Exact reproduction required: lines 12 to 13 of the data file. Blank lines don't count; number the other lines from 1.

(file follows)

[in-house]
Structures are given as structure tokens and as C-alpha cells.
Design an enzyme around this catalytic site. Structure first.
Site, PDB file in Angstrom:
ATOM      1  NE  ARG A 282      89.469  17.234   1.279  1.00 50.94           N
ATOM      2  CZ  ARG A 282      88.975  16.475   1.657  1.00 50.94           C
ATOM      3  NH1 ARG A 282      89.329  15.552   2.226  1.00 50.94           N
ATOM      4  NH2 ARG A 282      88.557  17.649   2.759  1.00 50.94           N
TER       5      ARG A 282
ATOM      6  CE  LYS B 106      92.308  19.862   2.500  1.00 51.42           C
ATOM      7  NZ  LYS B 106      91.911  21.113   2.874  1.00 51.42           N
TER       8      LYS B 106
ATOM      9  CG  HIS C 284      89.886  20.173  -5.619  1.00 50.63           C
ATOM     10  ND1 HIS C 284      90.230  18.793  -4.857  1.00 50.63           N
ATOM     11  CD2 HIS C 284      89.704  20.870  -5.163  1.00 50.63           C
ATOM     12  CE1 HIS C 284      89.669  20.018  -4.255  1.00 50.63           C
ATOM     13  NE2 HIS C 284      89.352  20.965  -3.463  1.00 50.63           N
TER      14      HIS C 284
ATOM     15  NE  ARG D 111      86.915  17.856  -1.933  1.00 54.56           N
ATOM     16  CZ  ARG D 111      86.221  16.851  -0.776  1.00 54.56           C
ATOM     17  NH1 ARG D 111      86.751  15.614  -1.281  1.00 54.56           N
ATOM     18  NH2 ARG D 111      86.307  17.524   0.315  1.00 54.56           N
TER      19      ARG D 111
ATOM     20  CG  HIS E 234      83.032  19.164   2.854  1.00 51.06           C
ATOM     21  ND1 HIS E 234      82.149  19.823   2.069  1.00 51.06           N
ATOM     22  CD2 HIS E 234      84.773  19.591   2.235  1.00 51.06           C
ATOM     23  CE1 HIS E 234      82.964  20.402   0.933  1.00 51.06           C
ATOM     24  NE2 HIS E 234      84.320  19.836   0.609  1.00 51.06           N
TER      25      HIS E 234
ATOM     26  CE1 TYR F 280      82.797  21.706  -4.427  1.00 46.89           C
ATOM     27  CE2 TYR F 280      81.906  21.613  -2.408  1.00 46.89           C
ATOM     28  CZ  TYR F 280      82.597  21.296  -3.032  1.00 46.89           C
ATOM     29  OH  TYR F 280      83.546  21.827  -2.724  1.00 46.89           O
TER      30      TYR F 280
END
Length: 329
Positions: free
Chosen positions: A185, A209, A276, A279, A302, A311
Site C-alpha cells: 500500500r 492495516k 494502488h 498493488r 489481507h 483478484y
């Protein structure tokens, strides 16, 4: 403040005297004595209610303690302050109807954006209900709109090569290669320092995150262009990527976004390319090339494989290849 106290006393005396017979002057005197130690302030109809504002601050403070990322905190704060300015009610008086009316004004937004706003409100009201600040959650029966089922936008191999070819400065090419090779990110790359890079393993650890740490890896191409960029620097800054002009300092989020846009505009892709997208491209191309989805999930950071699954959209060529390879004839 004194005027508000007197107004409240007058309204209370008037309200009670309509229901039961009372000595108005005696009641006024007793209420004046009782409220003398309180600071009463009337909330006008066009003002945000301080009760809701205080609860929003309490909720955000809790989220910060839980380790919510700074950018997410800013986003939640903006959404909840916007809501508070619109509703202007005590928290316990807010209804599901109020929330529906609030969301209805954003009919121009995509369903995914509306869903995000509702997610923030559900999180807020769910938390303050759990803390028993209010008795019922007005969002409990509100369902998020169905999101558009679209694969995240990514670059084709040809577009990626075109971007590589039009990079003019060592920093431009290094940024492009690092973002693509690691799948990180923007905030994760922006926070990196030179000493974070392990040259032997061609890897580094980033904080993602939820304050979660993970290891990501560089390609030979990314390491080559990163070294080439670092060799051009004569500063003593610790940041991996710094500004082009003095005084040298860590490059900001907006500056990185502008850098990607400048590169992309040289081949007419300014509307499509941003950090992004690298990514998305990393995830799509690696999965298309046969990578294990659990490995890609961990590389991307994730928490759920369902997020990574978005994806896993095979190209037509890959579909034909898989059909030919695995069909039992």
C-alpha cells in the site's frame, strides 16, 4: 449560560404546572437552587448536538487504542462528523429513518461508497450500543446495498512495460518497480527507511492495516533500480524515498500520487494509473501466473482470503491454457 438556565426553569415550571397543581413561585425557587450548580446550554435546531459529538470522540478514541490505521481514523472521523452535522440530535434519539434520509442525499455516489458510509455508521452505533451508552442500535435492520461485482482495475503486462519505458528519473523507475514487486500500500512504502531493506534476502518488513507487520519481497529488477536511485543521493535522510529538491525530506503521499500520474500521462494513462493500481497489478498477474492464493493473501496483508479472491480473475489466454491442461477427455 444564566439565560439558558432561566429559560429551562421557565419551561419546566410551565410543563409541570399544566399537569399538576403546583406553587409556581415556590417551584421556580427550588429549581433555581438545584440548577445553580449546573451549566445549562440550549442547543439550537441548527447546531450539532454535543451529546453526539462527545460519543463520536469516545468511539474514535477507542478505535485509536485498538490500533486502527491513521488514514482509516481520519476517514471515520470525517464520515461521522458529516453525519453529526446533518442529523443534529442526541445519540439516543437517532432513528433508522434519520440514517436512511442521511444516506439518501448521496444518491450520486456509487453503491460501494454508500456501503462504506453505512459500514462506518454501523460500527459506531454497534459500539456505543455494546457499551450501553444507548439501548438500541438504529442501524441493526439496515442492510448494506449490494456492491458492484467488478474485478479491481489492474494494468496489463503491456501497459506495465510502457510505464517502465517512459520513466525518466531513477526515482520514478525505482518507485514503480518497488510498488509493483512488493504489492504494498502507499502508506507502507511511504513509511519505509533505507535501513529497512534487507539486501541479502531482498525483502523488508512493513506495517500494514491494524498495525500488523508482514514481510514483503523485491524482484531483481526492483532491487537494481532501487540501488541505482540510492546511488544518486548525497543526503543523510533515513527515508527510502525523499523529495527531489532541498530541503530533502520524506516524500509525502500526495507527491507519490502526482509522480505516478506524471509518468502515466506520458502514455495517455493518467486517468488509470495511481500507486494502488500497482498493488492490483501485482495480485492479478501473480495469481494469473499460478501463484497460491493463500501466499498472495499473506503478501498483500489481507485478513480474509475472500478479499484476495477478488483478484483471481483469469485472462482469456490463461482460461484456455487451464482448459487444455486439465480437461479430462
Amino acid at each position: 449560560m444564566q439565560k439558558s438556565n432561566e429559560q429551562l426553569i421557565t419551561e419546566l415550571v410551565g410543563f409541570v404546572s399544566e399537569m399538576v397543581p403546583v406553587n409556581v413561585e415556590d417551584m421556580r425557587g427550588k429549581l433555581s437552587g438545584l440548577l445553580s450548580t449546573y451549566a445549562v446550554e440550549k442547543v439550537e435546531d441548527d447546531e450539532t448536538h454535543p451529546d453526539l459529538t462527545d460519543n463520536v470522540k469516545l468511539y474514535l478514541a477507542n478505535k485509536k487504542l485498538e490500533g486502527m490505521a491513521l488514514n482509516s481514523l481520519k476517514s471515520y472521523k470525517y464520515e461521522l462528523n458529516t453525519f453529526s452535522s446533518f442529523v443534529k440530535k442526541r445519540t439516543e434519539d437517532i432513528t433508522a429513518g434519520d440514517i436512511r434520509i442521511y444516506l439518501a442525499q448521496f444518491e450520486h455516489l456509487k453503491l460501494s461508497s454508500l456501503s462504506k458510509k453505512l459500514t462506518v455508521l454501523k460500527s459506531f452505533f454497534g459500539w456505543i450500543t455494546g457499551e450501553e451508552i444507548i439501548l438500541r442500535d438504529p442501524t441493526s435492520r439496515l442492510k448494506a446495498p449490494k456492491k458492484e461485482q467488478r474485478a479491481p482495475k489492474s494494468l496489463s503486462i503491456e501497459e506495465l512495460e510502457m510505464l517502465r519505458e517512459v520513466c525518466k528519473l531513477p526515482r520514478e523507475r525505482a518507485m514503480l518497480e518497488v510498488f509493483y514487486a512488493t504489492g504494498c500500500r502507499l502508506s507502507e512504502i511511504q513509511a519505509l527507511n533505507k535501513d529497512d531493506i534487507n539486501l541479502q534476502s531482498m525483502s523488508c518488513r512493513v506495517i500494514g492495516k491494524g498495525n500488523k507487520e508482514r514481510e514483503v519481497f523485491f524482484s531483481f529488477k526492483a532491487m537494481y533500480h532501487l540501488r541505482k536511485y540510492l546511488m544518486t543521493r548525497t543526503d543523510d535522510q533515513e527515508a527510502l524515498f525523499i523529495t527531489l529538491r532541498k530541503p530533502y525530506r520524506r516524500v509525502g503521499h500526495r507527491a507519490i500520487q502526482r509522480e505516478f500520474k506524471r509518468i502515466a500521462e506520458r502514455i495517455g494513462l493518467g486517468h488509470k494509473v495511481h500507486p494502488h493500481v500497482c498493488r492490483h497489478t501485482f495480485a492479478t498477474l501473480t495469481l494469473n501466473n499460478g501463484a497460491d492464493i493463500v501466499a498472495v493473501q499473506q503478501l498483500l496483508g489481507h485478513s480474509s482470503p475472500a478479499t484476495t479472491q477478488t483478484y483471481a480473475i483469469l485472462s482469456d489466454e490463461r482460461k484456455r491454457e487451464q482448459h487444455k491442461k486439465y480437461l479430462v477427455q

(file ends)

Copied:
TER       8      LYS B 106
ATOM      9  CG  HIS C 284      89.886  20.173  -5.619  1.00 50.63           C